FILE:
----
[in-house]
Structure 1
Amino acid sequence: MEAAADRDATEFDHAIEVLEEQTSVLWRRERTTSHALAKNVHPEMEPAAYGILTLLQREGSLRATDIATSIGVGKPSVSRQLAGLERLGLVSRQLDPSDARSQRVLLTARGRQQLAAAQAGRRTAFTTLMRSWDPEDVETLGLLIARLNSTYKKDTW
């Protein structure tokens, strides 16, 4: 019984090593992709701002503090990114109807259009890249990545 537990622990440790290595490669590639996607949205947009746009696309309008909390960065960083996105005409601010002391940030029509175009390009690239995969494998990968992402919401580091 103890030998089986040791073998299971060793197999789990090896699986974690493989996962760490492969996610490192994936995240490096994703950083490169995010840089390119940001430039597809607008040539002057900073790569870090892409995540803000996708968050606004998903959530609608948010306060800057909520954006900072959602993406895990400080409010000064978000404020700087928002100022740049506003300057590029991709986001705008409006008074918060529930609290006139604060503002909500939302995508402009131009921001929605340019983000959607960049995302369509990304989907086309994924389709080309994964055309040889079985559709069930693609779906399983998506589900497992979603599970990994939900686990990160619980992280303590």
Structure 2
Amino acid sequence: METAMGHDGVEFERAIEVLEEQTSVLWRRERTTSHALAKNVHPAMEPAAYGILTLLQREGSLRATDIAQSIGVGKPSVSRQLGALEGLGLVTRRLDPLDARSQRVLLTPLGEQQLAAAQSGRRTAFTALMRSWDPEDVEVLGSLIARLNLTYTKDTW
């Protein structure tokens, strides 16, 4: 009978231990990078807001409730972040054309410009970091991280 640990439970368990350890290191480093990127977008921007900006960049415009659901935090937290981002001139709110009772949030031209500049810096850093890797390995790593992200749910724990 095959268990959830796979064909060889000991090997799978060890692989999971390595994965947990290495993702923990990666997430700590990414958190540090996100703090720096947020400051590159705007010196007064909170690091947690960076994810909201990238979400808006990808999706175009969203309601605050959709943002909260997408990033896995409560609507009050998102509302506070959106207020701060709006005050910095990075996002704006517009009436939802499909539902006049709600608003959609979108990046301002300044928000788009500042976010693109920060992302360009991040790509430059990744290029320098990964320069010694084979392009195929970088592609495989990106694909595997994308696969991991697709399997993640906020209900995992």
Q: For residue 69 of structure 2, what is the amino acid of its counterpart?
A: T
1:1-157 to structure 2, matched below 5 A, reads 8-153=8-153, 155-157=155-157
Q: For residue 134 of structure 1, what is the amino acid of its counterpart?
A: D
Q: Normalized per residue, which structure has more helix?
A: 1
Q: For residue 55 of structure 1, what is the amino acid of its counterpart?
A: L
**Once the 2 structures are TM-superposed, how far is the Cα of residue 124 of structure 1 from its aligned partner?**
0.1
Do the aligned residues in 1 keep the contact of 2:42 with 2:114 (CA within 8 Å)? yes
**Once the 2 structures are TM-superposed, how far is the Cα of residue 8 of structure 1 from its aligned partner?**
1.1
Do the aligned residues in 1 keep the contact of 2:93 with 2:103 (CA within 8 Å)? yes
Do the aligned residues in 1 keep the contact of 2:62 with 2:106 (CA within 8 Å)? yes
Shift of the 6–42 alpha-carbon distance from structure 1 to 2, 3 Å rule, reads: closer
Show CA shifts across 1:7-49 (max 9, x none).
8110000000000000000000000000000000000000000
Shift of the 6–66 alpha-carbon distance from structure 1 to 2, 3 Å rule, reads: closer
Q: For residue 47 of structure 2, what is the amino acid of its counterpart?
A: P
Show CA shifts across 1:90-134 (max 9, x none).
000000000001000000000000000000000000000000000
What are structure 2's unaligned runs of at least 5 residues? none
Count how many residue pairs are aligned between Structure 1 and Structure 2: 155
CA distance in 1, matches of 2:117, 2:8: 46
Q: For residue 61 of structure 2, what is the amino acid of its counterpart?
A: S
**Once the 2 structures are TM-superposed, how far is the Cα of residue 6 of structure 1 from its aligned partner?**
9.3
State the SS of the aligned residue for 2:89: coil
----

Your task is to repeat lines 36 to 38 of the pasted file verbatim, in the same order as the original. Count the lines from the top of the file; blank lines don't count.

A: S
**Once the 2 structures are TM-superposed, how far is the Cα of residue 6 of structure 1 from its aligned partner?**
9.3